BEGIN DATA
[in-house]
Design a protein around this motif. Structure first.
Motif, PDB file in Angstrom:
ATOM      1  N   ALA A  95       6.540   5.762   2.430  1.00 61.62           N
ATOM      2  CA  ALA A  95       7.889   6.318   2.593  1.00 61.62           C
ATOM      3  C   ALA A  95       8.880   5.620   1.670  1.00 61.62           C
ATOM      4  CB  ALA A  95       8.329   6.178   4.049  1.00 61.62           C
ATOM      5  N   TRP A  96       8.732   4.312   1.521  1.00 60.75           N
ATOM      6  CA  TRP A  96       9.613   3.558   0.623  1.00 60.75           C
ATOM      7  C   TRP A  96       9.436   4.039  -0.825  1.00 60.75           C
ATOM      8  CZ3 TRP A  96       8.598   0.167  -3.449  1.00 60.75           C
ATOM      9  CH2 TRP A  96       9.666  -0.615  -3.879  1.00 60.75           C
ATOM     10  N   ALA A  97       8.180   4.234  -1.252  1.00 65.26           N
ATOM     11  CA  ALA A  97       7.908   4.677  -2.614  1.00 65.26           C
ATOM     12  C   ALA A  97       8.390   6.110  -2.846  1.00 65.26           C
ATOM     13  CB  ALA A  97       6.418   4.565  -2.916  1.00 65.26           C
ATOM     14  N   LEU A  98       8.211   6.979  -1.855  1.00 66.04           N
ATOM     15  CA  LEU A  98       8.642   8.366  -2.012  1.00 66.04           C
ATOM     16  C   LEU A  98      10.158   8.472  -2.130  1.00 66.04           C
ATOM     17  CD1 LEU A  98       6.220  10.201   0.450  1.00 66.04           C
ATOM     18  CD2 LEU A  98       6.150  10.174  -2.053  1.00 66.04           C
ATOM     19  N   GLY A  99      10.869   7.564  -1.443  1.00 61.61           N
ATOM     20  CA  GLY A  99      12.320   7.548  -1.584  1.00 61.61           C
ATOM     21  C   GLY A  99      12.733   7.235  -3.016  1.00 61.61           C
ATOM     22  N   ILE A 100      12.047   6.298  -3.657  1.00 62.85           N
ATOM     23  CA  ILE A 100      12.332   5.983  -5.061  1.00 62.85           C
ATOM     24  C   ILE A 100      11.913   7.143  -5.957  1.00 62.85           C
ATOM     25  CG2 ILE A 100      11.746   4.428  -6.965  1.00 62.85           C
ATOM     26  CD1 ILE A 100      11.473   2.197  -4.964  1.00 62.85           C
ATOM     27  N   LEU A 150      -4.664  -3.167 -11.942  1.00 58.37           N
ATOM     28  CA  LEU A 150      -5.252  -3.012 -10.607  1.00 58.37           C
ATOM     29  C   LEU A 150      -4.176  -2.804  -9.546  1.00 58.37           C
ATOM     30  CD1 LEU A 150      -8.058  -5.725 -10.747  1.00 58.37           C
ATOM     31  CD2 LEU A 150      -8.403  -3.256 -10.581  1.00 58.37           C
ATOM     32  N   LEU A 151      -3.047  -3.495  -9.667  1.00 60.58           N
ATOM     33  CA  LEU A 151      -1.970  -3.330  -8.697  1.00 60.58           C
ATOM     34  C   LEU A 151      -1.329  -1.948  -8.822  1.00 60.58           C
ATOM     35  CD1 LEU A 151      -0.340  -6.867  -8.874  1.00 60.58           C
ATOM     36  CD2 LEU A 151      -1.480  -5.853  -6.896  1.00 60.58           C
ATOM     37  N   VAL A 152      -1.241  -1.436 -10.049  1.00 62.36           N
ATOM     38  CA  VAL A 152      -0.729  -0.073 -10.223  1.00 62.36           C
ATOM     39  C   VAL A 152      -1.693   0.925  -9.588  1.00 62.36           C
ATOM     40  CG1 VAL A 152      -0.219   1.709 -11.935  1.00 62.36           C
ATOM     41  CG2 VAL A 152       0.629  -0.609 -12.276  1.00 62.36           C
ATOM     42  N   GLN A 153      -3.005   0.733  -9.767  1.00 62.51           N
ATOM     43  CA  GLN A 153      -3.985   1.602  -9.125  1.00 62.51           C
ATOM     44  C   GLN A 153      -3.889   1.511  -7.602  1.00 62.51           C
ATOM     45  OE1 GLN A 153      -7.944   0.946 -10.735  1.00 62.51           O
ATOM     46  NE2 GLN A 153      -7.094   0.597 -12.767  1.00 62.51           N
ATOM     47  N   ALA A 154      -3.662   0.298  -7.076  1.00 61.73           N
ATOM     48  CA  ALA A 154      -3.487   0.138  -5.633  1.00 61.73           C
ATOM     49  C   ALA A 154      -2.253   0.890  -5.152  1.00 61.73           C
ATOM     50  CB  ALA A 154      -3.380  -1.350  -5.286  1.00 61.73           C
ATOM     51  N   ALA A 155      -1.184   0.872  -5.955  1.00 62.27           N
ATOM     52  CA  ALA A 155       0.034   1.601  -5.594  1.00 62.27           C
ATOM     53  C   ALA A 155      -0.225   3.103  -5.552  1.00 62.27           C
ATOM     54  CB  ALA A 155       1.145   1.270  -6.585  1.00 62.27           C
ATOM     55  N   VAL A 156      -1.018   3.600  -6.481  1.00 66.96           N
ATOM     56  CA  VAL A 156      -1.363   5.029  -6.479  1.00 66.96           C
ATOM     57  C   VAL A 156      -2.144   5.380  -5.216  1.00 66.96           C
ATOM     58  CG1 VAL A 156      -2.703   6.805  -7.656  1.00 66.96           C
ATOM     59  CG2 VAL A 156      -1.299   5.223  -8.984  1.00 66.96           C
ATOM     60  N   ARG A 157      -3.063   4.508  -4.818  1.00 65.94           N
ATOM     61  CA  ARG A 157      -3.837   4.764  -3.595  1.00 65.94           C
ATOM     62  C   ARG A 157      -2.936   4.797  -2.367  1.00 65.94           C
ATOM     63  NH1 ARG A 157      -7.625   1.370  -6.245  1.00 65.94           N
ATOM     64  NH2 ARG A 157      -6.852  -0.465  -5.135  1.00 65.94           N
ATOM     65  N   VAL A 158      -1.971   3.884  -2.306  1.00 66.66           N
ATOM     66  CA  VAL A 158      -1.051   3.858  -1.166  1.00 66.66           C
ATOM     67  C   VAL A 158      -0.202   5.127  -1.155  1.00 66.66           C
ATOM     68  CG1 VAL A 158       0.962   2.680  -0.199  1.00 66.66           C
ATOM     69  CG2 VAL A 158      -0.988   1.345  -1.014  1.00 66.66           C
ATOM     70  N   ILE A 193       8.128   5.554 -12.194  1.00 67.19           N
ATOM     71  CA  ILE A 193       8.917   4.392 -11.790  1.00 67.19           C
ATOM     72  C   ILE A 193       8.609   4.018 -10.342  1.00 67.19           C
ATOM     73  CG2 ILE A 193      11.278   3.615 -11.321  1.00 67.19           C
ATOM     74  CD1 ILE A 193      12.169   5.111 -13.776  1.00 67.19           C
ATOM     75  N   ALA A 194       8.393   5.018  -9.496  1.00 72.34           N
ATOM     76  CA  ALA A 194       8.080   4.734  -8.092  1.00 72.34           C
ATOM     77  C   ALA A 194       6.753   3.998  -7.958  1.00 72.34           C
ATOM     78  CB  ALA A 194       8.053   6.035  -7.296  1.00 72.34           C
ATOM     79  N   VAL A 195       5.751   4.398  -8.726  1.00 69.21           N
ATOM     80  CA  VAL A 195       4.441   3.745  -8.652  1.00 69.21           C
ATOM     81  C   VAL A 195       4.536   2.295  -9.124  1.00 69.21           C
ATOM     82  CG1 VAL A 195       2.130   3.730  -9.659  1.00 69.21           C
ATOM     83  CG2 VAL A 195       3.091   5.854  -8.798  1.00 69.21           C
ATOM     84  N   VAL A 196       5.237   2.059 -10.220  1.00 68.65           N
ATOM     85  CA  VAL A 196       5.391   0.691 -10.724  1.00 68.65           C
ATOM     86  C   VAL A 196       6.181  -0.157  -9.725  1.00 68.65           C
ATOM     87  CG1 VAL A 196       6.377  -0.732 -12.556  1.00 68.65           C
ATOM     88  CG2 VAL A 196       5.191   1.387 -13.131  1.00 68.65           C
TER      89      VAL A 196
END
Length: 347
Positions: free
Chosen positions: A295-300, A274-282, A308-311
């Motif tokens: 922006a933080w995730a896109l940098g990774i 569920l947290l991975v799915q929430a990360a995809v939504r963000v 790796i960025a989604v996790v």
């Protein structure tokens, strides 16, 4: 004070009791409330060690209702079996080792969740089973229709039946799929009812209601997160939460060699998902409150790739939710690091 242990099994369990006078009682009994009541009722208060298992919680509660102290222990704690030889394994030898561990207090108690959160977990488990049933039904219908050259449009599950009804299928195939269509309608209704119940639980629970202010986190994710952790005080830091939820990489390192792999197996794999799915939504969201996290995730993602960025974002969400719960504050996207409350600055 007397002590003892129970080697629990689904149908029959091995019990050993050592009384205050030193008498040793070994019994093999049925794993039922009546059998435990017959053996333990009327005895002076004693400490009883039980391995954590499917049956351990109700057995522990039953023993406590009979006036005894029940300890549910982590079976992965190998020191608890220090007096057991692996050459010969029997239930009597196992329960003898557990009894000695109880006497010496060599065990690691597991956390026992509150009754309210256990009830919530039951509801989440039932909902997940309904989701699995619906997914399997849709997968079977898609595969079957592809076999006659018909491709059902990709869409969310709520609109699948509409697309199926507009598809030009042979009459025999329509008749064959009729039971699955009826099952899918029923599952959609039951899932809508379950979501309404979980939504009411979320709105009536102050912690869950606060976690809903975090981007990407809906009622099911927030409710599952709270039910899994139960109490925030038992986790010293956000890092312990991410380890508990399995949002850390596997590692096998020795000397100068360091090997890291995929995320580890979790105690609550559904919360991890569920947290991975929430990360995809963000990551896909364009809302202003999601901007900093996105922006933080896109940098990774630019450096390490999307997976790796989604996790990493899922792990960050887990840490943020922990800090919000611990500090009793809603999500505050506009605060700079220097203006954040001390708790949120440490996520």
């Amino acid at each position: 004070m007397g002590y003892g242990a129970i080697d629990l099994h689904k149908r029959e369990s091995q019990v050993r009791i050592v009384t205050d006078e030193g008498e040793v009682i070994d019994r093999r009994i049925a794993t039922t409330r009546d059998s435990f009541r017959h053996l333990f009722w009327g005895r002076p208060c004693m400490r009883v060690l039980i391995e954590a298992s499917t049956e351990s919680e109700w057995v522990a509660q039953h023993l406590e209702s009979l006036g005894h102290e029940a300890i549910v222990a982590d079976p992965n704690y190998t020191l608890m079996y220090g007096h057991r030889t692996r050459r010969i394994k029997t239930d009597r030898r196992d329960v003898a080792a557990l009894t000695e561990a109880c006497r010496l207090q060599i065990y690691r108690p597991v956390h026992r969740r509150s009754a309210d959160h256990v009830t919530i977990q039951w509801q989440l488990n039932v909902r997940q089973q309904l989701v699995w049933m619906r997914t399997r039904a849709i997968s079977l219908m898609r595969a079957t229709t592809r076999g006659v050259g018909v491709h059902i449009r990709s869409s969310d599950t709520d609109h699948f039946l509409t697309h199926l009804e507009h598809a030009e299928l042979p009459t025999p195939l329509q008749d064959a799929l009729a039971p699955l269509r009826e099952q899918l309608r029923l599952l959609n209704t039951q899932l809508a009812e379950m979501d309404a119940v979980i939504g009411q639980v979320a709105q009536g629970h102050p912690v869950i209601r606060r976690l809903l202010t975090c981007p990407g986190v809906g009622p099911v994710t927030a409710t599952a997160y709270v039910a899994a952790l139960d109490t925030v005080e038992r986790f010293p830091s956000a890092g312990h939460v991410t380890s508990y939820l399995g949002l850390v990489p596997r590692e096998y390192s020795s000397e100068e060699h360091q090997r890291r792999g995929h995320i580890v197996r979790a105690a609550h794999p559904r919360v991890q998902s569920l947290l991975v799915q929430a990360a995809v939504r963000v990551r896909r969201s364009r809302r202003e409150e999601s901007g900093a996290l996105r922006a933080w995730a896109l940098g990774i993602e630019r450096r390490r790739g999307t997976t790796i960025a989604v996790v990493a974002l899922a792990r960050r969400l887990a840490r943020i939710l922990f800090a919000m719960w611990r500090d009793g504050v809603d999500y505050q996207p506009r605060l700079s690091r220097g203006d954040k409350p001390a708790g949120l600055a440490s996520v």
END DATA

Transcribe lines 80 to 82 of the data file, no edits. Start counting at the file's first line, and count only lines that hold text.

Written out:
ATOM     77  C   ALA A 194       6.753   3.998  -7.958  1.00 72.34           C
ATOM     78  CB  ALA A 194       8.053   6.035  -7.296  1.00 72.34           C
ATOM     79  N   VAL A 195       5.751   4.398  -8.726  1.00 69.21           N